Narrated by Margot Robbie and sharing the lives of an eclectic group of women throughout Australia, UNDER COVER shines a light on a devastating reality - women over 50 being the fastest growing cohort experiencing homelessness in Australia. These moving but optimistic portraits reveal the struggles these women face, and lay bare the flaws in our society, as well as our economic fragility in the modern world.
BEHIND THE SCENES
BEHIND THE SCENES
BEHIND THE SCENES
BEHIND THE SCENES
A short summary of the issue the documentary is addressing
Hundreds of thousands of homeless people in Australia are hidden and go unrecognised as homeless. The majority of them are women. In fact, women over 50 are the fastest growing demographic of homeless in the developed world and are increasingly referred to as the hidden homeless. These women live in their cars, stay on a friend’s couch or sofa bed, or live in short-term accommodation. They find themselves in this uncertain and terrifying position primarily due to the gender pay gap and the lifelong gendered expectation of unpaid labour; where women often find themselves left doing the caring roles in their homes, in their extended family and in their communities.
Under Cover follows ten of these women, as well as three people working to keep older women like them from becoming homeless.
What is the impact vision statement of the documentary?
Under Cover will redefine the face of homelessness and trigger mass awareness of the issue of aging women and homelessness, leading to bottom-up change in communities across the country.
What outcomes does the project hope to achieve from making this documentary?
The biggest change the issue of homelessness ultimately needs is through federal and state government actions. Our goal with this documentary, therefore, is primarily to raise broader awareness of the issue, creating a voice from individuals and communities around Australia, leading to a bottom-up grassroots approach.
How will this documentary achieve its outcomes?
- Redefining homelessness through articles, social clips, sharing data and community discussions.
- Create education resources both for in school environments and for those seeking a deeper understanding of financial resources and ways to be proactive in planning for the future.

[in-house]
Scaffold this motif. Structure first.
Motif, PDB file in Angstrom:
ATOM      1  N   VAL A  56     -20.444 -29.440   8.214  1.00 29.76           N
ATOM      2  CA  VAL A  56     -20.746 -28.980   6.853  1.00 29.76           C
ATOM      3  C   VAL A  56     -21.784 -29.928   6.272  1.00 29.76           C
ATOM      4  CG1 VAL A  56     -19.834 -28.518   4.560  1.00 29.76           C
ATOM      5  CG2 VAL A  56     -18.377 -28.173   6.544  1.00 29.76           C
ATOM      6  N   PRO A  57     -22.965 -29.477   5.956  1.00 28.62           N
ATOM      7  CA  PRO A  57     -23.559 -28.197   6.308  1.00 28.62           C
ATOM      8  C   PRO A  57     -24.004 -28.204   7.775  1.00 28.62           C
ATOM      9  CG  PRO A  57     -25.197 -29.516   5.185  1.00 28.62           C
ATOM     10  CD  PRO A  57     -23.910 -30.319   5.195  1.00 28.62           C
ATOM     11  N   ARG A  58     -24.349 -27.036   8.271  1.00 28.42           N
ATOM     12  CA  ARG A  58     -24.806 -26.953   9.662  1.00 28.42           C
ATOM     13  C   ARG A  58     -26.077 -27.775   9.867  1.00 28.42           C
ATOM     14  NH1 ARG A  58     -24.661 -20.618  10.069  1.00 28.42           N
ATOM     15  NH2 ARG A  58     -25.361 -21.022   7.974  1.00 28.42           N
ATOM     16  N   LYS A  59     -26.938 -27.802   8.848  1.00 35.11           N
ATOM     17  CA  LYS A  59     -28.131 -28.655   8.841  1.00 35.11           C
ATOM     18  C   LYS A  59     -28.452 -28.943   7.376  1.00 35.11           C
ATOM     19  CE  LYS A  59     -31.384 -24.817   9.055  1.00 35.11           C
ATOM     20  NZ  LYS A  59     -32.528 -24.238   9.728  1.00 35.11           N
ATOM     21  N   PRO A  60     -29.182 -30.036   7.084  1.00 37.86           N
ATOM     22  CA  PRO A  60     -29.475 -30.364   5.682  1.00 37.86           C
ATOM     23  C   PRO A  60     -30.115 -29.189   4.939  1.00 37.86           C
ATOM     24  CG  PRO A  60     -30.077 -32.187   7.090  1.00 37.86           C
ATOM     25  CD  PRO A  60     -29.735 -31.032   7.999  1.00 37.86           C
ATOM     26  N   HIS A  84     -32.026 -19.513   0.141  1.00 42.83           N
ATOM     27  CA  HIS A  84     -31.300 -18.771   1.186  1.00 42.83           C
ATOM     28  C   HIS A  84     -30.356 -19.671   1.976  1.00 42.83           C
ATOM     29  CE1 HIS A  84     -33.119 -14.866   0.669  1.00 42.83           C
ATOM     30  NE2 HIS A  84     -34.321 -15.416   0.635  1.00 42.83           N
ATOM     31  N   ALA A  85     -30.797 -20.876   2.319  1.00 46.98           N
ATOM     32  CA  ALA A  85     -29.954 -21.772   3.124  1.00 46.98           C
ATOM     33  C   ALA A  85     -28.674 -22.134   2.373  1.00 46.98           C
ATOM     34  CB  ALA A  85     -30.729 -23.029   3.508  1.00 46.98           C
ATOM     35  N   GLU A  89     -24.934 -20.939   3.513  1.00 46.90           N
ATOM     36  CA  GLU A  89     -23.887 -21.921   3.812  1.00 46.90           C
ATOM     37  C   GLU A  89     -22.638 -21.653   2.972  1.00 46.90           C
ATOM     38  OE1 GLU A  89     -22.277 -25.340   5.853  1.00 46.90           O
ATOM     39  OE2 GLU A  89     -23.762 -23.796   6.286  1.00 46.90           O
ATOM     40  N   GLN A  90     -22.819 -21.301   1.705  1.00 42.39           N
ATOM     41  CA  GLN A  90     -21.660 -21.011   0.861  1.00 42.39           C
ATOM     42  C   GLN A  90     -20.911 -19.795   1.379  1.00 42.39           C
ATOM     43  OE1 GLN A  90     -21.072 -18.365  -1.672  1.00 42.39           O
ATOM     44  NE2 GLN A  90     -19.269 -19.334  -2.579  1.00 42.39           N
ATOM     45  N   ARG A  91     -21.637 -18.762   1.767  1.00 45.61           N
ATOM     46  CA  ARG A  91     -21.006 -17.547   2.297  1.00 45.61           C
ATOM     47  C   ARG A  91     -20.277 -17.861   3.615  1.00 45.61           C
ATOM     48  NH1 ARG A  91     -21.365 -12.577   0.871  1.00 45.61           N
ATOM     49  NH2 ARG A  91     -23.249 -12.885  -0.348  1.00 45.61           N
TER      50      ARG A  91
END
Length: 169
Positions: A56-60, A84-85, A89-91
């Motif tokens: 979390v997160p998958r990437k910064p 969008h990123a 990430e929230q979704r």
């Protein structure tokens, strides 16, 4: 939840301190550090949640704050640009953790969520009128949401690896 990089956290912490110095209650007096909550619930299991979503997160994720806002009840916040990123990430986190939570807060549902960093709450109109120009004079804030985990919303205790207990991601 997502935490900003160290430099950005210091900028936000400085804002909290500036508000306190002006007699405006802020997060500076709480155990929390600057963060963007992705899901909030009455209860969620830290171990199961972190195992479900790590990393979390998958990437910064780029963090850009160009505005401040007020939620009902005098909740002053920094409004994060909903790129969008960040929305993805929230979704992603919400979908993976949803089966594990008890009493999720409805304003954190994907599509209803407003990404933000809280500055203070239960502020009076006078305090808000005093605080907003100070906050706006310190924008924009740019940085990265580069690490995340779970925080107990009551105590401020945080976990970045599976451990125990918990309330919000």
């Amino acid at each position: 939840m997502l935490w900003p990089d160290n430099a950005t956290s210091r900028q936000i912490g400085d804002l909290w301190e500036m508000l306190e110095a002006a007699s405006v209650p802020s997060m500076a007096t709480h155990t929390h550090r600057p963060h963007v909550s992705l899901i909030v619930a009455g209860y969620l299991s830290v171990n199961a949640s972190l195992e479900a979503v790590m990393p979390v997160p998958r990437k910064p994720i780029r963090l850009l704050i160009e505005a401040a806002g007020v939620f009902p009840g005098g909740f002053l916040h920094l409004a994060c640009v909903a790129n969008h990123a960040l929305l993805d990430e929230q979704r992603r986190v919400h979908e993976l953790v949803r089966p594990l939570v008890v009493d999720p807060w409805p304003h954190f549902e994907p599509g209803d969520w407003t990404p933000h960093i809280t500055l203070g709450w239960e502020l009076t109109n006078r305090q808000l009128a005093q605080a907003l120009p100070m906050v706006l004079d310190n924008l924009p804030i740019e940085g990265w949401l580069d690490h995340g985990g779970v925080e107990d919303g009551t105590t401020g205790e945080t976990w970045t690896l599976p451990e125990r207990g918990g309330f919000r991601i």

- Provide opportunities for people to get involved and support, as well as provide resources and links to those who need support.
- Speak to why government change is important and how we can start to see positive change with the right action in place.
How will partnerships with this project help inform the project development?
We have extensive partnerships and ambassadors working with us from the private sector, the not for profit space, health organisations and government that are providing guidance, resources and will be utilised further as we approach the release of the film.
Each partnership offers us a chance for expert consultancy, an ability to reach the important players trying to create change and an opportunity to meet the survivors on the ground. Often the consultancy provides statistics, industry overview, and controlled access to participants.
As our film will be factually viable from the outset, we are passionate about seeking further partners to ensure best practices and accuracy when producing this film. As some of the women being interviewed come from lived experience of on-the-street trauma and family violence, our consultants are generously offering on-set guidance and support around filming vulnerable and at-risk older women.
Audience Engagement and Social Impact
What actions does this project hope for its viewers after seeing this film?
The Under Cover website will be the first port of call for viewers and will prompt people to access further information, as well as providing a number of avenues to support based on where the viewer is located. This could be a way to donate, templates for writing to local MP's, petions to sign, resources to share the film and key messages and a dedicated support page for anyone that may need links to existing support networks.
Measurement and Evaluation
What is the projects indicators for success?
1) Evaluation from our website and socials providing data on reach and visitor actions.
2) A partnership with an educational resource provider such as COOL AUSTRALIA will enable the filmmakers to track uptake in the created curriculum and measure the number of students who have studied the coursework and therefore been exposed to the messages promoted by the film and its social impact campaign.
3) Targeted questionnaires during our social impact workshops and screenings will help measure and evaluate how audiences are engaging with the ideas being explored.
4) Action from government at a fiscal policy level, such as an increase to Newstart / JobSeeker for women over 50 who are not yet at retirement or pension age; and rectifying the superannuation gap between men and women (particularly 60+ women).
5) Action from federal, state and local governments that sees more long term social housing and experimentation of rent control models based on available international evidence.